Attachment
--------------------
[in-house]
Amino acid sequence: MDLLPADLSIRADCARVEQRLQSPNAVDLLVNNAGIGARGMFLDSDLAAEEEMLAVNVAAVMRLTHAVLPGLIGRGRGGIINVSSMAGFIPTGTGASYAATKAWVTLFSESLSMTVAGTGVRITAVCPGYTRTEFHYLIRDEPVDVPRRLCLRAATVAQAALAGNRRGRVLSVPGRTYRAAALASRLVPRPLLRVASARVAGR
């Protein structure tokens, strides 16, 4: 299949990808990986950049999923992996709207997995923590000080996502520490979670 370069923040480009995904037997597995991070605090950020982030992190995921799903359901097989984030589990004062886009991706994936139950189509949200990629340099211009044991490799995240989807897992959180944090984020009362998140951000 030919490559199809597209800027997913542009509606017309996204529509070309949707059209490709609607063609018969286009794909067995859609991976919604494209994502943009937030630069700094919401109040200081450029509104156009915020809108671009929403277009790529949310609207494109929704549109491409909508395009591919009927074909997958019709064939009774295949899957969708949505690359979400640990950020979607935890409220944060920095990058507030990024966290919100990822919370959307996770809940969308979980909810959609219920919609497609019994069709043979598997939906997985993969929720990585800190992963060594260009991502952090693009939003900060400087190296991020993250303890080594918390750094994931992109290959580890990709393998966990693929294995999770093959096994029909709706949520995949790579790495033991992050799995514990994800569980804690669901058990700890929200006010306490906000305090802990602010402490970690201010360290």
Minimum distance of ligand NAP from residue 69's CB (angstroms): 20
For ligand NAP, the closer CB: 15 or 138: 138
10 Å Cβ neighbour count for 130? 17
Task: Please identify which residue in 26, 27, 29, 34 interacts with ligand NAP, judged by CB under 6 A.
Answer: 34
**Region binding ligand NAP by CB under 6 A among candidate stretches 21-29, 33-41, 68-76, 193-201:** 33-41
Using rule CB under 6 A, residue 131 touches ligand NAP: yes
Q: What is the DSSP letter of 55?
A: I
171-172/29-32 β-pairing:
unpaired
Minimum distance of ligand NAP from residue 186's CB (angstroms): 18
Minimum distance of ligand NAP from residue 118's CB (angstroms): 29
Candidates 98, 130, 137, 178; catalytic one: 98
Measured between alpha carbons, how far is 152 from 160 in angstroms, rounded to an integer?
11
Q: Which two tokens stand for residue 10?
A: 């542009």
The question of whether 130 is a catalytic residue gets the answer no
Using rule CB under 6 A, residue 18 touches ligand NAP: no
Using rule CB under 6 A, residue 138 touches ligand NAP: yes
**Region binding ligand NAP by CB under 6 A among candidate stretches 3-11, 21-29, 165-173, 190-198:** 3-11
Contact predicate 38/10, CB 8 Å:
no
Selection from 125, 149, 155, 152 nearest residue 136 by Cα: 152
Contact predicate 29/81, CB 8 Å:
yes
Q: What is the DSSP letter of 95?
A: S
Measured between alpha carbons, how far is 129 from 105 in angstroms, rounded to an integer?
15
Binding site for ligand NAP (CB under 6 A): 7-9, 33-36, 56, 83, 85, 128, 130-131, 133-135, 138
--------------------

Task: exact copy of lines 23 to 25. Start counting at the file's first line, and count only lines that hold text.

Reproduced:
Using rule CB under 6 A, residue 18 touches ligand NAP: no
Using rule CB under 6 A, residue 138 touches ligand NAP: yes
**Region binding ligand NAP by CB under 6 A among candidate stretches 3-11, 21-29, 165-173, 190-198:** 3-11